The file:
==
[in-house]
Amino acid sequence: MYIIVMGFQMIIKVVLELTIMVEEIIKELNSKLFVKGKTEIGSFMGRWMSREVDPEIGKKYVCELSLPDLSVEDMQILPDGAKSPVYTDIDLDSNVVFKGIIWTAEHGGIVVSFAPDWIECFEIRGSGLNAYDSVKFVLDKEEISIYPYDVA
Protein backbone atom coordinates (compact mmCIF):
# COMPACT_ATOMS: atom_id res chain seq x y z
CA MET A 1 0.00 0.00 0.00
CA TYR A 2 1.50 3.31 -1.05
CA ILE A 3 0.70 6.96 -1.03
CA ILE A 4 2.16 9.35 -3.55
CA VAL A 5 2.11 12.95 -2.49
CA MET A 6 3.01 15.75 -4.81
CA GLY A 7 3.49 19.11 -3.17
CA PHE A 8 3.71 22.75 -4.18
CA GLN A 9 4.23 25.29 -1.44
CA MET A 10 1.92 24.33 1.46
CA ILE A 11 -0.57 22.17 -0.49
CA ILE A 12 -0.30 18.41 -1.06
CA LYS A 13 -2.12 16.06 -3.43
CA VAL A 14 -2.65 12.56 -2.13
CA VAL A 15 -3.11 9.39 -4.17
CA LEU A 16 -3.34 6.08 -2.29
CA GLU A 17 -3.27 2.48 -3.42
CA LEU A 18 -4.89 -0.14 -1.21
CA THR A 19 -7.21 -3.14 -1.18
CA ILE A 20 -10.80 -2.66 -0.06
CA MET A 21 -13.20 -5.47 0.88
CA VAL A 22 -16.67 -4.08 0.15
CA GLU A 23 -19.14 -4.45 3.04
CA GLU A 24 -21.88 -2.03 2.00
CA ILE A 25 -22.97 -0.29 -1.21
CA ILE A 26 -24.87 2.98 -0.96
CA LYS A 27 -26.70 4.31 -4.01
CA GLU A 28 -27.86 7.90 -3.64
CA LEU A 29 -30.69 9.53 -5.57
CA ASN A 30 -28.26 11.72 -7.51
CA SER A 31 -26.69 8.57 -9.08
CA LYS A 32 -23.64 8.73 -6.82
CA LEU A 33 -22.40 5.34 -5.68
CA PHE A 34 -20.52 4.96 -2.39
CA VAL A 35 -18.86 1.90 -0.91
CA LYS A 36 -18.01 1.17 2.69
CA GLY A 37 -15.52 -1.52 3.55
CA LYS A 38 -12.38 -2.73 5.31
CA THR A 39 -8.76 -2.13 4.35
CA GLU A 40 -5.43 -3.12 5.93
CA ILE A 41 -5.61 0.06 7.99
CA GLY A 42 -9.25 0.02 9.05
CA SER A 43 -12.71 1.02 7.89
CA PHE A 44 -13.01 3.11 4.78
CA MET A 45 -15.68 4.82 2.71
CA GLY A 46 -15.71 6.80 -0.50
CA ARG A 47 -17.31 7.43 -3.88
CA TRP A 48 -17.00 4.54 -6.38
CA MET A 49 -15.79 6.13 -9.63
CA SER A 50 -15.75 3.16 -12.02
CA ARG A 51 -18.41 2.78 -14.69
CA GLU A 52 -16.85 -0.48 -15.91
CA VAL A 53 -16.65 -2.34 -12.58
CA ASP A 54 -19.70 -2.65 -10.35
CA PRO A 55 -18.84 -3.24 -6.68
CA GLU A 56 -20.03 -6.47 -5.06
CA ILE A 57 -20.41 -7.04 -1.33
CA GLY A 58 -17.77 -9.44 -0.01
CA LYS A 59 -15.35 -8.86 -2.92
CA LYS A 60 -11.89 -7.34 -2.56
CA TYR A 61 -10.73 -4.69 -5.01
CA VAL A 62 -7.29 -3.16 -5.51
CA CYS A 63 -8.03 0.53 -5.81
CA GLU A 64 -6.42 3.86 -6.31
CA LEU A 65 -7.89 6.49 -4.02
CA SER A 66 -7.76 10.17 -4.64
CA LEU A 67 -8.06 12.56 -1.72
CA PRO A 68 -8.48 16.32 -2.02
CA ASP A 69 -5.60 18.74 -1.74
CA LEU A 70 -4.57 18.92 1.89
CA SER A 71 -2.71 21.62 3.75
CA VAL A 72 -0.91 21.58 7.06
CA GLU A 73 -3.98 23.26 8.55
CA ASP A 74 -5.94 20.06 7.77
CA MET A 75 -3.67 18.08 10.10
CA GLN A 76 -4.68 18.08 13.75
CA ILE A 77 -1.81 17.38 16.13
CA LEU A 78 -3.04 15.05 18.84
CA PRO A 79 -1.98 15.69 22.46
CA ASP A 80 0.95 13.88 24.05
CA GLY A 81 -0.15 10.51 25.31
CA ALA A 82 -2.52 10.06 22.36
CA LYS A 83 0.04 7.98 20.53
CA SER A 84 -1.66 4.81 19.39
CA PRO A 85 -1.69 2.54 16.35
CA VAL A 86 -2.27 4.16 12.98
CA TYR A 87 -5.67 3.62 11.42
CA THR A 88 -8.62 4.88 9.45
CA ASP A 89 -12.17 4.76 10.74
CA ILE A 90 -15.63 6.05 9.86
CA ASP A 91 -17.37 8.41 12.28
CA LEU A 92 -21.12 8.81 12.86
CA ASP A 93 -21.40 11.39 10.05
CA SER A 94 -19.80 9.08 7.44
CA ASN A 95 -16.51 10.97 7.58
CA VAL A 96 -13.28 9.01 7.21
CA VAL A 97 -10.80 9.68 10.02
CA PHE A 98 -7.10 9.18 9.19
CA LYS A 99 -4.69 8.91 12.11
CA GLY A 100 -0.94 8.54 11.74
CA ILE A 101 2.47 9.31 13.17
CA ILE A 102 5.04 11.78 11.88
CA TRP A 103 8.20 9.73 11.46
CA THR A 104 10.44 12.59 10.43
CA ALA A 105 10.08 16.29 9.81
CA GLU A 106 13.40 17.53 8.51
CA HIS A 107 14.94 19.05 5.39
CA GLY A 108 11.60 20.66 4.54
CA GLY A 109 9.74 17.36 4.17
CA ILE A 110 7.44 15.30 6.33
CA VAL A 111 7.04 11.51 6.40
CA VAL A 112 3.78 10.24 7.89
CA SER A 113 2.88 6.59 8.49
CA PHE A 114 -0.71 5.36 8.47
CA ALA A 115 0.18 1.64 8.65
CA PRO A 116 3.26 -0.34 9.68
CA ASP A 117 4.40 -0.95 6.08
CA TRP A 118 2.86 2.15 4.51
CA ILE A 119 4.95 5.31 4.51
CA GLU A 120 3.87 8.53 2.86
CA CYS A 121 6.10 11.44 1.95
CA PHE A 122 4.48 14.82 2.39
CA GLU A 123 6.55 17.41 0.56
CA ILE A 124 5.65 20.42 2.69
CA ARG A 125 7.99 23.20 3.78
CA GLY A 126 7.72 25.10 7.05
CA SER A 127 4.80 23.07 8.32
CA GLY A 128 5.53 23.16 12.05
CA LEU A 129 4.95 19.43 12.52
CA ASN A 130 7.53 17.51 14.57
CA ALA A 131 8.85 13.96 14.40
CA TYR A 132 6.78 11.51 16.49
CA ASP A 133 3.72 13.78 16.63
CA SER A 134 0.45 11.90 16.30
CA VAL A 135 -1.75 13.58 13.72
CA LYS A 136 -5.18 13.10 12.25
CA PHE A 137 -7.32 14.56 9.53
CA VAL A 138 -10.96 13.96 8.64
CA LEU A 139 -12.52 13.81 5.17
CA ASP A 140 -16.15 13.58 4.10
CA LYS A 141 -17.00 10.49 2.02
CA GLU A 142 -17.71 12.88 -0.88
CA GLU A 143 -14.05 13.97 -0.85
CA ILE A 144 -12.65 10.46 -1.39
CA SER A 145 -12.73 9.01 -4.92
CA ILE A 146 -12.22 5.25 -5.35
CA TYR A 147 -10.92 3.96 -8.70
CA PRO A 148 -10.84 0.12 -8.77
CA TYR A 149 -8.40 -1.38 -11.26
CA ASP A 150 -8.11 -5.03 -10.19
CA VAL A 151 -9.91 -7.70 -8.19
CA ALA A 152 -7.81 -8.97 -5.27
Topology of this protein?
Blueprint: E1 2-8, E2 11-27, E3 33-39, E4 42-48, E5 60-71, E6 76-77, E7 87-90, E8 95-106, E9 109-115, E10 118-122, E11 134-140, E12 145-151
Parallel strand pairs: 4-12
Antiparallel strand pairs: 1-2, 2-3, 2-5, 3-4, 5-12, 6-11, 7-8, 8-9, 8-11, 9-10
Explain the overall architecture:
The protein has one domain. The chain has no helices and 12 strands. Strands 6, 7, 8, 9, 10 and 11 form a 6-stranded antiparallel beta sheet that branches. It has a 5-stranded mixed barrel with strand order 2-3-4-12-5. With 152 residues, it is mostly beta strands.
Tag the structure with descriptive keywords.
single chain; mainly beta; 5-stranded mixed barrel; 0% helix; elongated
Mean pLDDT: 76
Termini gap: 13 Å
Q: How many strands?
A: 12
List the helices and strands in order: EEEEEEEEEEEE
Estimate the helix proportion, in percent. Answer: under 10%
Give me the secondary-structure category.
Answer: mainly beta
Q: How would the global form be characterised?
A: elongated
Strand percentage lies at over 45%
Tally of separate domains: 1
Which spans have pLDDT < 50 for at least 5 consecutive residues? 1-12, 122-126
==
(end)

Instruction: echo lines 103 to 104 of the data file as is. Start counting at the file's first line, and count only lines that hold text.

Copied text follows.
CA LYS A 99 -4.69 8.91 12.11
CA GLY A 100 -0.94 8.54 11.74